make the government look and feel uncomfortable, and even looked
rather evasive when they would rather be talking about the coming
American trip. As far as that trip is concerned, we don't know how the
Trump presidency will play out but we do know something of his
character and style, and given that it is hard to see Theresa May
exercising the same sort of influence over Donald Trump that
Margaret Thatcher did over Ronald Reagan back in the 1980s. Some will
worry in the party that the party could be a barrister, the government
could be a barrister by this relationship. But then
predictability, that was a fixture of politics, and now that seems a
long time ago. Thank you for that, John.
The White House has vowed to fight the news media "tooth and nail,"
over what officials see as unfair attacks on President Trump.
The new President has taken issue with estimates
of the size of the crowd at his inauguration on Friday.
He claims at least a million people attended; aerial photographs appear
As our North America Editor Jon Sopel reports,
The weightiest issues on the planet were discussed at Donald Trump's
inaugural address, but what the president is in a white rage about
suggestions that the crowds for him were not as big as they were for
Barack Obama eight years ago, even though the evidence is
incontrovertible, as these two photos, each taken 45 minutes before
the all migration started, make plain. -- the inauguration started.
Last night, journalists were summoned to the most extraordinary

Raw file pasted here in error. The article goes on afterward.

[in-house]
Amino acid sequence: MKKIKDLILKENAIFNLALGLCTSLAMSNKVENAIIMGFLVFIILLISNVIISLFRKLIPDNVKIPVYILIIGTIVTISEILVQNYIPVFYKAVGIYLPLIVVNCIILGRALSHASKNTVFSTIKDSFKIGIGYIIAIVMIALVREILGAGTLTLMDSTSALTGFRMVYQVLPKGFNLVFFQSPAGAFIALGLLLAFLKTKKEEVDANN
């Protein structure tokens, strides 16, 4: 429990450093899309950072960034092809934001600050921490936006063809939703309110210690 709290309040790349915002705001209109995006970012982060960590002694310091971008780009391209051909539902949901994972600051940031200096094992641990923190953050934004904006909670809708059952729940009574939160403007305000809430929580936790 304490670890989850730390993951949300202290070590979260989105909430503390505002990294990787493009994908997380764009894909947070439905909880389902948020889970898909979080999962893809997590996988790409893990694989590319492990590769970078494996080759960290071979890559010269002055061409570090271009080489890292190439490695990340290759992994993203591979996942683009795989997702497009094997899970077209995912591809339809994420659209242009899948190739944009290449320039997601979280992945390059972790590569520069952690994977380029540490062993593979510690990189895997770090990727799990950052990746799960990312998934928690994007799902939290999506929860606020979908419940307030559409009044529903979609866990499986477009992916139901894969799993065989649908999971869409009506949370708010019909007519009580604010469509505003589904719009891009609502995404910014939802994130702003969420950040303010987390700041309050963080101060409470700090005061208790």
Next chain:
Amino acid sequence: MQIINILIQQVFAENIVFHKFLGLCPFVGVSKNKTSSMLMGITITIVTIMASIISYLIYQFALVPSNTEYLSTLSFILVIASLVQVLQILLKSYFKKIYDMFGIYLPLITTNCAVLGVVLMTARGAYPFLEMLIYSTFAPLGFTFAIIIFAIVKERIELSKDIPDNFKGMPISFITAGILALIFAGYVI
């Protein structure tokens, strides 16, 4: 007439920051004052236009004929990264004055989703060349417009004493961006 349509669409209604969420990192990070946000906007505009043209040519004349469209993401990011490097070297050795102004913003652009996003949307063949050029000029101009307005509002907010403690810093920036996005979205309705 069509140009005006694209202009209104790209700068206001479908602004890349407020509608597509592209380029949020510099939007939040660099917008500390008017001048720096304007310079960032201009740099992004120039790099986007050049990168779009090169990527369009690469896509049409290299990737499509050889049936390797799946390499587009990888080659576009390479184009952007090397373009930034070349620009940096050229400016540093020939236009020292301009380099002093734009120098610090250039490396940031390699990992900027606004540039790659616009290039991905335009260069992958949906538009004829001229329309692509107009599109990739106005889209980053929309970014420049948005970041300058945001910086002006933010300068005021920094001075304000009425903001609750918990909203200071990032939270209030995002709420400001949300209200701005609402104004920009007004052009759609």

White House briefing to be told they were lying. This was the largest
audience to ever witness and inauguration, period. This kind of
dishonesty in the media, there has been a lot of talk in the media
about the response bulleted the whole Donald Trump accountable, and
I'm here to tell you that it goes to waste. We are going to the press
accountable as well. No questions were allowed. Earlier in the day
from Donald Trump, on a visit to CIA headquarters, a similar attack,
though this time the target different. As you know, I have a
running war with the media. They are among the most dishonest human
beings on earth. They sort of made it sound like I had a feud with the
intelligence community. But, hang on a minute, how do you reconcile the
suggestion that it is all got up by the journalists when he treated this
11 days ago? He accused the intelligence services of leaking
material against him, and suggested their behaviour made it seem as
though we were living in Nazi Germany. And today, key lieutenants
were intensifying their attacks. There is an obsession by the media
to delegitimise this president, and we are not going to sit around and
let it happen. Our press secretary gave alternative acts to that.
Alternative facts are not facts, they are. Is. Part of this can be
put down the Donald Trump's and session with the size of his crowd,
but there is deliberate strategy here too. It seems the White House
wants to undermine the conventional media so that Donald Trump is able
to present his own version of reality through Twitter and Facebook
without any mediation, and said to the public, who do you believe, me
or the establishment media? And while this battle plays itself out,
the satirists are making hay. This is their take on what Vladimir Putin
makes of it all. I am glad to see so many people showed up to your
inauguration. Oh, wait, that's the women's March. Here is the
inauguration. Jon Sopel, BBC News, Washington.
The authorities in Israel have approved the construction of more